Veneration – noun
1) to regard with reverential respect.
2) adore, revere, reverence, worship.
“Kindred spirits are not so scarce as I used to think. It’s splendid to find out there are so many of them in the world.”
― L.M. Montgomery, Anne of Green Gables
Kindred – adj.
: of a like nature or character.
As it happens, I like my Nook and wish I had a nook to read it in! Although I generally do more writing on my Nook than reading.
“With a Nook for company, I curled up in the breakfast nook to read in the sunshine.”
Nook – noun
1) an interior angle or corner formed usually by two walls.
2) a sheltered or hidden place.
3) a usually recessed section of a larger room.
Lately I’ve been on a sci-fi/urban fantasy kick. And by lately, I really mean the past few years. It just sort of showed up and then decided to stay. Accordingly, I’ve found a few sources to help me along as I’m plodding through my writing projects. I’m sure they’re supposed to be for more intelligent, academic pursuits, but they certainly suit my purpose for chasing potential muse-rabbits down their plot-holes.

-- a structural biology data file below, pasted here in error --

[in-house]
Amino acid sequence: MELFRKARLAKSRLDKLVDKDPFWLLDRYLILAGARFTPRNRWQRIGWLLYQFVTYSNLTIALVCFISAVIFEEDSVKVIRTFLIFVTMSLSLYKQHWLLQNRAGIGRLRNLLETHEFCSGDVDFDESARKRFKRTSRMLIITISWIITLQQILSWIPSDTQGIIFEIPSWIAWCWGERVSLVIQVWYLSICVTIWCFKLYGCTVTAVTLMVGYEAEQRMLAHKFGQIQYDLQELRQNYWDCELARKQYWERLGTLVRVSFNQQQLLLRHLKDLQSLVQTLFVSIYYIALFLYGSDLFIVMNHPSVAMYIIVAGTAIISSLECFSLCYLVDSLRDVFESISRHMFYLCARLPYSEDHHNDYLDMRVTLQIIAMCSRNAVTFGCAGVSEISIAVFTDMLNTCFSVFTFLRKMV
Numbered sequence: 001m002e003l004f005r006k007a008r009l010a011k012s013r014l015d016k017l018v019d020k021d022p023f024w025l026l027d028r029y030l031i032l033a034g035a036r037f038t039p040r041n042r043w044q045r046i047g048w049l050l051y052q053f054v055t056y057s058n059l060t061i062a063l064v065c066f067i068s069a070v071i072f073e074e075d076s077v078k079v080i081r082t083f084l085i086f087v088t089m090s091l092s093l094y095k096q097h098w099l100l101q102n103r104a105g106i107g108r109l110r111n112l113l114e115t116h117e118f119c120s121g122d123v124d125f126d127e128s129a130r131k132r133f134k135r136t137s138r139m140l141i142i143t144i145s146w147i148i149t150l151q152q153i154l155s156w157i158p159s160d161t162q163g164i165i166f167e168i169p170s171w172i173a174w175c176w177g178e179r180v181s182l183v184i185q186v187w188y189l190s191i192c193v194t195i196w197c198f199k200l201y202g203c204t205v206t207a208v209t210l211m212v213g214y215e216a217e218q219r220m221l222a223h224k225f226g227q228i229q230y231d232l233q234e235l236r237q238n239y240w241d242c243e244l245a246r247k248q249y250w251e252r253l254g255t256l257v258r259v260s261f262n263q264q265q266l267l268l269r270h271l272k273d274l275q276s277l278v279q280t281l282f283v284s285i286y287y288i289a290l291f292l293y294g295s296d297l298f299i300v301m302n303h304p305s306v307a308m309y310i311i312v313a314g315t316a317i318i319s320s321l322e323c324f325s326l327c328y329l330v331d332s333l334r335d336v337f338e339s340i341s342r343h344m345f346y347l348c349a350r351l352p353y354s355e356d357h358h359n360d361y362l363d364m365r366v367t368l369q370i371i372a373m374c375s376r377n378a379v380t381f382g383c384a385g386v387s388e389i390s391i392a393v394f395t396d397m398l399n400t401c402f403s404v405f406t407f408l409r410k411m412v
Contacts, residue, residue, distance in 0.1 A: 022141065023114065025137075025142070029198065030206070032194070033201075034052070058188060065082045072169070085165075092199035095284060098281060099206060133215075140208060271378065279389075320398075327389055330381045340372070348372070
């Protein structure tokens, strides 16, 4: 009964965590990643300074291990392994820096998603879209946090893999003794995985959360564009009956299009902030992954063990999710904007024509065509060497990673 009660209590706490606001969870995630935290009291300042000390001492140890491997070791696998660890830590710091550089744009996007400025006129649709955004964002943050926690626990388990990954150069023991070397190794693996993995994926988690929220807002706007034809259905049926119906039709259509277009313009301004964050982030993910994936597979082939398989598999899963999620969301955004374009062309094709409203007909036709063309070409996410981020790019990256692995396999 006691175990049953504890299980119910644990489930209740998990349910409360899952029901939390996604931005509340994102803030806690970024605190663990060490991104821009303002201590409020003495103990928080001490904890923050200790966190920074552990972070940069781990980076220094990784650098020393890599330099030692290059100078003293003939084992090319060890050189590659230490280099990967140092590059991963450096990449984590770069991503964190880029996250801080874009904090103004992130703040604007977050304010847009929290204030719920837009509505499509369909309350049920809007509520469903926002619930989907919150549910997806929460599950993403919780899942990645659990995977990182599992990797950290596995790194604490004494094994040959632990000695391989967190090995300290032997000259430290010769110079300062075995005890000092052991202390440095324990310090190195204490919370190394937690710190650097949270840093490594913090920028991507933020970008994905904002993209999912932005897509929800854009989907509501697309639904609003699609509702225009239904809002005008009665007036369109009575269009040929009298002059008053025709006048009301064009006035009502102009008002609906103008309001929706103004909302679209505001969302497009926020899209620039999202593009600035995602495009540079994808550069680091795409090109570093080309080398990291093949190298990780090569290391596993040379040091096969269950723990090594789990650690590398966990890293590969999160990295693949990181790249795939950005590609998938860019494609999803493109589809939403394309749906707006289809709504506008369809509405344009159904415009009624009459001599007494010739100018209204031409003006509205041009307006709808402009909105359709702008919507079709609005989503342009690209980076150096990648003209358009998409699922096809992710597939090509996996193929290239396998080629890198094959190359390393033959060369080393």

The Medieval Bestiary is exactly what it says it is. And it has some fun graphics. The site itself is a bit out of date, but it’s dealing in old lore and folktales so the information isn’t terribly likely to have changed too much since it was put up. Everything sources back and usually has neat quotes from ancient texts, just in case you don’t like their summaries.
Encyclopedia Mythica is a bit more straightforward and less graphically-inclined than the Medieval Bestiary. It’s set up like a wiki. In my poking around between the two, the Mythica seems to cover a broader range of topics. It includes an option to check their references but it doesn’t have the same handy quotes right there on the entry page.
And then there’s WolframAlpha, which is a cool little quick-fact generator. Type in a topic and it will do a breakdown of the information for you. For example, type in the name of a city and it will return with a page full of stats and demographic information and random facts useful toward the goal of writing about them. Very user-friendly, rather like Google.
A friendly warning: All of these pages are rather easy to get lost in, just like tvtropes.org, tumblr, or urban dictionary. One search leads to another which leads to another and before you know it you’ve lost an hour to looking up if bears really pee in the woods or if that’s just a fairy-inspired wives-tale.